Georgia Vegetable Growers’ Hopes Chilled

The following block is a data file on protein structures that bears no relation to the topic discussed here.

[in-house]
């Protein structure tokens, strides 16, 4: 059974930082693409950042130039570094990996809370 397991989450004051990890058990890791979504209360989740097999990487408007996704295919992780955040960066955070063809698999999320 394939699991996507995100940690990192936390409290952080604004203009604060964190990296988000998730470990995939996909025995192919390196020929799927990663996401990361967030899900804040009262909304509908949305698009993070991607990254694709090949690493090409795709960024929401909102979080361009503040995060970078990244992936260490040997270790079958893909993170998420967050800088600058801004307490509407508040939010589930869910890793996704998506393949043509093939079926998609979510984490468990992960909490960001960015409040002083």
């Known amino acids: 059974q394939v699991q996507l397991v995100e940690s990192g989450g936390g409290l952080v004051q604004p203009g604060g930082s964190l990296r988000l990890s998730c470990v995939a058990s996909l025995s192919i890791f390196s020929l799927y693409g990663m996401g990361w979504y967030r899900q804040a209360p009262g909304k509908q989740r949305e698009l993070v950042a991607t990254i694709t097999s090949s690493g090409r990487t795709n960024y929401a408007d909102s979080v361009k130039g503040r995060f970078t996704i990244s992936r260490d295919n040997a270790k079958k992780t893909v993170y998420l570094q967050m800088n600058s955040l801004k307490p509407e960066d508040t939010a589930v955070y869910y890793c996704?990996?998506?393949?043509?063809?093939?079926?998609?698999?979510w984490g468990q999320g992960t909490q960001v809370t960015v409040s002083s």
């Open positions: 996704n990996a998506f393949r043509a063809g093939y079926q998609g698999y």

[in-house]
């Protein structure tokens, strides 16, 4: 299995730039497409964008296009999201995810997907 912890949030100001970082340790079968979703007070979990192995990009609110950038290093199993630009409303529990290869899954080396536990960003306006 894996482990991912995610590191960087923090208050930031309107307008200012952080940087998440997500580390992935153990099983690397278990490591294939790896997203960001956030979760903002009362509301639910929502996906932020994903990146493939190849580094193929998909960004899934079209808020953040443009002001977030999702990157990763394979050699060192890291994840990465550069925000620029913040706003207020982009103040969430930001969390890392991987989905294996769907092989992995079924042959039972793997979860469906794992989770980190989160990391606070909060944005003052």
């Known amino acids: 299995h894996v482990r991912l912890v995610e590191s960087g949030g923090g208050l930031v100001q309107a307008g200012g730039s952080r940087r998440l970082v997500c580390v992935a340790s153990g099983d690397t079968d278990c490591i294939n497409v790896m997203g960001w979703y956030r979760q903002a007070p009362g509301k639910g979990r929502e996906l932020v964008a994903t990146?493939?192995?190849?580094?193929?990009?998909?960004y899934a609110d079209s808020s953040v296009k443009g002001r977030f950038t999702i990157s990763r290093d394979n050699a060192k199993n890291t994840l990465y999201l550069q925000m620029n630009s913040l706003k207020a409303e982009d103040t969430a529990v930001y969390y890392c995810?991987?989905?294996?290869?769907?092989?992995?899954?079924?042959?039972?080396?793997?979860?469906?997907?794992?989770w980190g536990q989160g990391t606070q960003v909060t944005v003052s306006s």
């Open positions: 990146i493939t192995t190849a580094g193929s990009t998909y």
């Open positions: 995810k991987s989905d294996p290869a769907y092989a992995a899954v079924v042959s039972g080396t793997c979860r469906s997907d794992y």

first_imgJust as Georgia vegetable growers had recovered from a midwinter freeze, Mother Natureput the chill on again.”Most farmers who decided to replant after the early-February freeze were hitagain with almost total losses in greens,” said Terry Kelley, a horticulturist withthe University of Georgia Extension Service.”Georgia greens producers sustained near 100 percent losses for the second time inclose to five weeks,” Kelley said.Farmers who had planted greens, onions, cabbage, watermelons, tomatoes, peppers orsquash face losses and the cost of replanting again.Vidalia onion growers were hit hard, too. “This latest freeze almost assures us of40 percent losses in this year’s onion crop,” Kelley said.Based on 1995 prices, Kelley expects a monetary loss close to $31 million in onionsalone.The March freeze caused less physical damage to the onion bulbs, Kelley said, but morehidden damage that may not show up for a month or more.”The cold makes the onion think it’s completed its life cycle,” he said. Theresulting seed stems make the onion unmarketable.The freeze has caused a lot of distorted leaves, too, which enable diseases to invade.That can further reduce the onion quality. “It’s like adding insult to injury,”Kelley said. But he stresses to farmers the importance of selling only top-quality onions. “Thelosses from the actual freeze would be minor compared to how inferior onions would affectprices in future years,” he said.In early February, Kelley figured 90 percent losses in mustard, turnip, kale andcollard greens. Most growers decided to replant as the weather warmed back up — just intime for the next arctic blast.Kelley said greens and other winter vegetables were also damaged in the early-Marchfreeze. Some farmers who planted early and lost crops to the early February freeze hadeither retransplanted or direct-seeded second crops.The March freeze wiped out virtually all of the direct-seeded vegetables. Andretransplanted cabbage is suffering critically.Cabbages were hit hard, but not as hard as leafy greens. Kelley feels sure that many ofthe cabbage plants left are likely to bolt (produce flowers and seeds), though, instead ofproducing heads.Growers won’t know how much of the crop will bolt until a few weeks before harvest.Some farmers in the southernmost Georgia counties had already planted summervegetables, adding to the total damaged acreage.The freeze killed most of the tomatoes, peppers, squash and watermelons already infields.”Most of the very small amount that was out already was planted almost tooearly,” Kelley said. “Producers were looking to get their harvest to the marketsfirst for higher prices.”Many vegetable growers can still replant their crops. But for some greens farmers, thiswill be the third planting in their fields, adding to their costs. Their later harvest canmean losses at the market, too.Vegetables that reach the market first generally sell for higher prices. When moreproduce reaches the market later in the season, prices tend to drop.Jack Frost may nip at shoppers’ wallets, too. Prices will likely rise, since lessproduce will be available, Kelley said.It’s still early in the season, so summer crops weren’t wiped out, he said. There’sstill a long time between now and harvest to make up for these very early season losses insummer crops.”Farming is always a roll of the dice,” Kelley said. “So far thiswinter, Georgia vegetable farmers are coming up with snake eyes.”last_img